By Charlie Bermant
Peninsula Daily News
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“This album is full of really brilliant songs,” said music teacher Russell Clark, who wrote five-voice arrangements for the performance that he transcribed from the album.
“The songs have been with us for almost 50 years, but they are still current,” he said.
“They are like songs from the Great American Songbook in that respect.”
The orchestra performed music from the album, which was first released in 1967, on Thursday night before an audience of about 150 people.
Many orchestra members and those in the audience wore vintage costumes, with no particular theme, to get in the spirit of the music.
The 37-piece orchestra — with no electric bass, drums or guitars — performed the instrumental section, while the lyrics were projected above the stage so the audience could sing along, though many of those present clearly knew the words by heart.
Even so, they tended to miss a few cues, such as on “When I'm Sixty-Four,” when several in the audience rushed the opening line and didn't wait for the intro.
“People really wanted to sing on that one,” violinist Larissa Freier said.
Added cellist Aidan McClave: “When I heard all those people singing along, it gave me goosebumps.”
Choral teacher Bruce Cowan was at stage left guiding people through the vocal parts, while sign language interpreter Annie Clark was at stage right.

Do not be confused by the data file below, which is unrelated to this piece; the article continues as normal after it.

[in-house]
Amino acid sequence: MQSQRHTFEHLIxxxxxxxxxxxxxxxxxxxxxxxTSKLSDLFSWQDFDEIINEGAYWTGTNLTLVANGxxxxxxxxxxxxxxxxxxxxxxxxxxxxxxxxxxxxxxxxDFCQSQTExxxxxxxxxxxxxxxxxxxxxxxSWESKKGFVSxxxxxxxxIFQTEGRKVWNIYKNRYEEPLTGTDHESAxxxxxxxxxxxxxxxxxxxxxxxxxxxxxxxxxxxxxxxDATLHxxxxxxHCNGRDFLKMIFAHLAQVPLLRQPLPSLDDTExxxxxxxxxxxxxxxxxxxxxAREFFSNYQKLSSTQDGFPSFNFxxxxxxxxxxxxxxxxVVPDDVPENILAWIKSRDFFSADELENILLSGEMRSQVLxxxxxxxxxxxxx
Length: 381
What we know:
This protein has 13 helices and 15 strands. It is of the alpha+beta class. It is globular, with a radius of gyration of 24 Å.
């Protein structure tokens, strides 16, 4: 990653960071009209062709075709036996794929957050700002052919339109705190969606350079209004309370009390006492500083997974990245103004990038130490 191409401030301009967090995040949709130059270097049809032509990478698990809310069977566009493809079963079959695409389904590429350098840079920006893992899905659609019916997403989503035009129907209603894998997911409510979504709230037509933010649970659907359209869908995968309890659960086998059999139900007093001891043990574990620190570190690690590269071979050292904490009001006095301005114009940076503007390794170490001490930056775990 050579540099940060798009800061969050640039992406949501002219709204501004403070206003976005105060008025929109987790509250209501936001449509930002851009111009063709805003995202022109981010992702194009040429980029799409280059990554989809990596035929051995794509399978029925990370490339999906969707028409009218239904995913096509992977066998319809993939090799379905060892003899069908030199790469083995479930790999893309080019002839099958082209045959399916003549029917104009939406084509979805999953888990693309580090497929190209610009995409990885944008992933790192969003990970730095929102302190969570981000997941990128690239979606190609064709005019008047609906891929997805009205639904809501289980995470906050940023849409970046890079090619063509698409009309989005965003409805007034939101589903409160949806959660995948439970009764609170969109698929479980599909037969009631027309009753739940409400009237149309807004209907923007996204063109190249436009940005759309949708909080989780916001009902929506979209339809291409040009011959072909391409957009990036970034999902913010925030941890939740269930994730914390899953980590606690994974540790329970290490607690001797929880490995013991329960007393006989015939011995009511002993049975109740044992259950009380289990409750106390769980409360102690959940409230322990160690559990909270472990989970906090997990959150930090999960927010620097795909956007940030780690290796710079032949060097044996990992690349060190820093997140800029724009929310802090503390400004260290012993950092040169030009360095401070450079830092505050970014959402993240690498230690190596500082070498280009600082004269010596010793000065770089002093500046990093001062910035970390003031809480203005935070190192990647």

Clark, who began writing the arrangements in January, presented the score for the first side of the album in March and the second side earlier this month.
Two songs, “Within You, Without You” and “Good Morning, Good Morning,” were left out of the performance because the orchestra didn't have time to rehearse, Clark said.
“Those two songs were the two weakest candidates for a sing-along, considering that the other songs on that side — 'When I'm Sixty-Four,' 'Lovely Rita' and 'A Day in the Life' — were quite complicated,” Clark said.
The two missing songs could be restored in a future performance, which could occur as soon as next month.
“After the show, quite a few people came up to me and asked if we could do it again,” Clark said.
“We are looking at maybe performing during this year's Rhody Festival.”
Clark, 55, who has taught in Port Townsend for two years, bought the “Sgt. Pepper” album at its release when he was 10 years old.
“That album contained some of the defining music of my youth,” Clark said.
“It was wonderful to be able to go back and revisit it, and share it with the community.”
Former WSU Director Katherine Baril, who retired at the age of 63 in December 2010, was in the back singing and cheering, though she was one of the few present who wasn't overly familiar with the music.
“I think it's amazing to have a full house with great talent and have the generations singing together,” Baril said.
“I'm sure I've heard some of the songs on the album, but I never heard the whole thing, so this gave me a chance to relive my youth, which I didn't do right the first time.”
Jefferson County Editor Charlie Bermant can be reached at 360-385-2335 or at firstname.lastname@example.org.